• the significant amount of the underpayments, for which there was an incentive to underpay to increase profits, avoid tax obligations and obtain a competitive advantage over other employers;
  • the nature of the retail and food manufacturing industry which generally employed unskilled workers who are more likely to be young or from overseas; and
  • the need to ensure employers are discouraged from exploiting overseas workers.

- It also accepted the FWO’s submissions that there was a need for specific deterrence, noting:

  • the conduct had also occurred in breach of enforceable undertakings provided by the Employer only a year earlier, relating to similar contraventions of the FW Act;
  • the National Retail Association had conducted five audits during the relevant period which detected some of the contraventions and resulted in advice being given to the Employer about employee entitlements;
  • the Employer’s senior management, including two directors who had signed the previous enforceable undertakings and undertaken training, knew what was happening and were still directors;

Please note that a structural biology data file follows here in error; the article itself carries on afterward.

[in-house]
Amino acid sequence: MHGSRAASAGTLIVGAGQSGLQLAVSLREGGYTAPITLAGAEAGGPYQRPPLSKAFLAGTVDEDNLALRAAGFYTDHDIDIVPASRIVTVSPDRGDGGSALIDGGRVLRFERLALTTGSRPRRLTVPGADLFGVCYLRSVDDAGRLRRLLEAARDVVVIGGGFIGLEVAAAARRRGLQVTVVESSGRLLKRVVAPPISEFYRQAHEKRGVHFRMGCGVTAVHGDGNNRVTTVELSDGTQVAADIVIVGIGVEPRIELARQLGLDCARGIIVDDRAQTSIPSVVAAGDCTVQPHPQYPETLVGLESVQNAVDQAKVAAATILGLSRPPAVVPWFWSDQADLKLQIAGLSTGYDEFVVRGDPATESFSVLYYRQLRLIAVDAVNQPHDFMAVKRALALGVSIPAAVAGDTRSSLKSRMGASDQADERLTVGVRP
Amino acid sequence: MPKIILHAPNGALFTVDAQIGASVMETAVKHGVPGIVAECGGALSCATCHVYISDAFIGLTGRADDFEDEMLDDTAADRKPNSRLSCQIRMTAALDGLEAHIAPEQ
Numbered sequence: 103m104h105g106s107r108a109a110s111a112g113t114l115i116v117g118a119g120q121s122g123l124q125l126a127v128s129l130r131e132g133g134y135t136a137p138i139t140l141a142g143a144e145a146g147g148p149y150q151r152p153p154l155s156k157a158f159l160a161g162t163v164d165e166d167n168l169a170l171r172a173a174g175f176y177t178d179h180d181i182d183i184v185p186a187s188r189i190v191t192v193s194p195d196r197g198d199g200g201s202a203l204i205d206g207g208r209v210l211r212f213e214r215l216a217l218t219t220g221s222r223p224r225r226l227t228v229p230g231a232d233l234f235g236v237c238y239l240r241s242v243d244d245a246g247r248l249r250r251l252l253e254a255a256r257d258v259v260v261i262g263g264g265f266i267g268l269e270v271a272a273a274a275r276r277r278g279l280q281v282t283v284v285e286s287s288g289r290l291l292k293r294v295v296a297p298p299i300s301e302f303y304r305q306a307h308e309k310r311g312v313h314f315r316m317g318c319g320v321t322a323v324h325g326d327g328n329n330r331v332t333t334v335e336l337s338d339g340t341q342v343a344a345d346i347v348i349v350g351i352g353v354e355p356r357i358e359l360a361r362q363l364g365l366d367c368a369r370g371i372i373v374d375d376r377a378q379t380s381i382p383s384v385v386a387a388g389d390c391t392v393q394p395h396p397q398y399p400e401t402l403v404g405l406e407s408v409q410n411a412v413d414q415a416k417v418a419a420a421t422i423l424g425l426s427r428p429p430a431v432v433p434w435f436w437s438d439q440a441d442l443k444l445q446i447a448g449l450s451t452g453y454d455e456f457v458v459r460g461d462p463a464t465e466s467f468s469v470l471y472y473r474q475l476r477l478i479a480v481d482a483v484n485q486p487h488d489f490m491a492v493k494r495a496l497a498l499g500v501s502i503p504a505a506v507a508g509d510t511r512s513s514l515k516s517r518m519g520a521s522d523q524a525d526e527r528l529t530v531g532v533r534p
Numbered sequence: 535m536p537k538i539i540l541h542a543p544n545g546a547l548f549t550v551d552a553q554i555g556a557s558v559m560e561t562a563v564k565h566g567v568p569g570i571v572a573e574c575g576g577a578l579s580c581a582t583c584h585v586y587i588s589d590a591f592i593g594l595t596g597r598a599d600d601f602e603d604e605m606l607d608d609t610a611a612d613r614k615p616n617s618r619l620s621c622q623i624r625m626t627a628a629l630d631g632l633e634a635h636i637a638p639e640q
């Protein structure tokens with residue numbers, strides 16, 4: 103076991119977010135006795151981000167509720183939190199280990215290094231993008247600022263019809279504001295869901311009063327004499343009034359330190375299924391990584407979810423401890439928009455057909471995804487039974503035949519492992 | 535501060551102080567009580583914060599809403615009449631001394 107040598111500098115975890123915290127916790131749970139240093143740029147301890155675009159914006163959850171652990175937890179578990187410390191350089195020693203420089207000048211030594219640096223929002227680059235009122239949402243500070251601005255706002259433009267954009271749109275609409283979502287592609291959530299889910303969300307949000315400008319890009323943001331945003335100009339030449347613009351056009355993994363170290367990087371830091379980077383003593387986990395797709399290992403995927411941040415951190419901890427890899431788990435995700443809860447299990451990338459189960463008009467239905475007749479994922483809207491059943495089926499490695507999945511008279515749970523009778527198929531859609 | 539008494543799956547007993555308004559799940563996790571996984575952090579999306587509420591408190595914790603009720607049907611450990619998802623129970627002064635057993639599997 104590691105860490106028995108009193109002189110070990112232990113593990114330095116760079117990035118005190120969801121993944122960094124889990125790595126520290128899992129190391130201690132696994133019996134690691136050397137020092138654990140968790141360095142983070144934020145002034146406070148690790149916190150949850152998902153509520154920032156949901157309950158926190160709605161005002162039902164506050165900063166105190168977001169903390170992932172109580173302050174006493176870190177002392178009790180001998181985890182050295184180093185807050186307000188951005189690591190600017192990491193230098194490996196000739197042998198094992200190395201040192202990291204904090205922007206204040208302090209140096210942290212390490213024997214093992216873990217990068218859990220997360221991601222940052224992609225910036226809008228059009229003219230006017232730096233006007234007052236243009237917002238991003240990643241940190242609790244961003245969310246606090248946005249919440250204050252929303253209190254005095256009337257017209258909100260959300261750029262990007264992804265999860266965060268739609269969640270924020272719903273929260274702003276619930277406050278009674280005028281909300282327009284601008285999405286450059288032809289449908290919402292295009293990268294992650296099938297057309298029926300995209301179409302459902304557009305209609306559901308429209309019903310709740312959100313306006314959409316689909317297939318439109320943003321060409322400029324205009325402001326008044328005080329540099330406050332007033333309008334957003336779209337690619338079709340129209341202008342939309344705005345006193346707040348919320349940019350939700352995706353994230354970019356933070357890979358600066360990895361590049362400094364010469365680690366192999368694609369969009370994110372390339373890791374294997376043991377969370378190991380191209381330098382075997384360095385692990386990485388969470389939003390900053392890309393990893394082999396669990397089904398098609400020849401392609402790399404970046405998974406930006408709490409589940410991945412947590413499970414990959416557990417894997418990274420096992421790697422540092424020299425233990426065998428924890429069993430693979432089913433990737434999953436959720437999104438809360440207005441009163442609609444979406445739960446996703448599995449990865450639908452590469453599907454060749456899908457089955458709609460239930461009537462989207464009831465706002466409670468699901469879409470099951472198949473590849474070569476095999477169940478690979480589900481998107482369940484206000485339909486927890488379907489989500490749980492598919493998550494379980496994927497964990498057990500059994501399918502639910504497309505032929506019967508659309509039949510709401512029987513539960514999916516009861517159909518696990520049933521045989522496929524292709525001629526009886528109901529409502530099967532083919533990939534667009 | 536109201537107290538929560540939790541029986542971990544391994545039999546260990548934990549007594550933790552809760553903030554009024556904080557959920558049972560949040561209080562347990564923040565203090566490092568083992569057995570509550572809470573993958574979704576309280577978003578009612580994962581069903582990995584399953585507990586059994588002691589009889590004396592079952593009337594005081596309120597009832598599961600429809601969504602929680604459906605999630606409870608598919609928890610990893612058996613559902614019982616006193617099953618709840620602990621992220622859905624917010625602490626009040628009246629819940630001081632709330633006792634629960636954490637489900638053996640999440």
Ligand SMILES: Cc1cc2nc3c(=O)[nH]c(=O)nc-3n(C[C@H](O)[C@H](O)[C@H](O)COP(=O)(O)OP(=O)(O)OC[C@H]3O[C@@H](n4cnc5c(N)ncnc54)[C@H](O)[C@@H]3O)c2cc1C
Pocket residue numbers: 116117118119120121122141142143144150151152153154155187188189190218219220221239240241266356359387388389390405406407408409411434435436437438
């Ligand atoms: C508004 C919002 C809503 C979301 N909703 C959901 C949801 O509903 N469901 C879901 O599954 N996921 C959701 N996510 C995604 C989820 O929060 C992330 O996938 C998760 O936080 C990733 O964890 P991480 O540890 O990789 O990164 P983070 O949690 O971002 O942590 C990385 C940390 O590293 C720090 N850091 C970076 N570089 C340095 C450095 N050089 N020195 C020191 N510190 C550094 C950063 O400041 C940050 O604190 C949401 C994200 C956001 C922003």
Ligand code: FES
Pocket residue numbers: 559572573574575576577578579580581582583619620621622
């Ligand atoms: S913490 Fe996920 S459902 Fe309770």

• there was a need for operative deterrence as the Employer was still a franchisor to entities that operated retail shops and it still continued to be involved in food manufacturing; and
  • the Employer had not adduced any evidence to give the Federal Court any confidence that there would be voluntary compliance in the future.

Lessons for employers

Up until the High Court’s decision in ABCC v Pattinson, it was quite safe to assume the maximum possible pecuniary penalties that could be awarded were for the worst categories of contraventions. However, as can be seen from this decision of the Federal Court, this is no longer the case. Courts will look at what penalty is necessary to deter contravening conduct. This can include penalties up to the highest possible maximum regardless of the severity of the contravention.  

Information provided in this blog is not legal advice and should not be relied upon as such. Workplace Law does not accept liability for any loss or damage arising from reliance on the content of this blog, or from links on this website to any external website. Where applicable, liability is limited by a scheme approved under Professional Standards Legislation.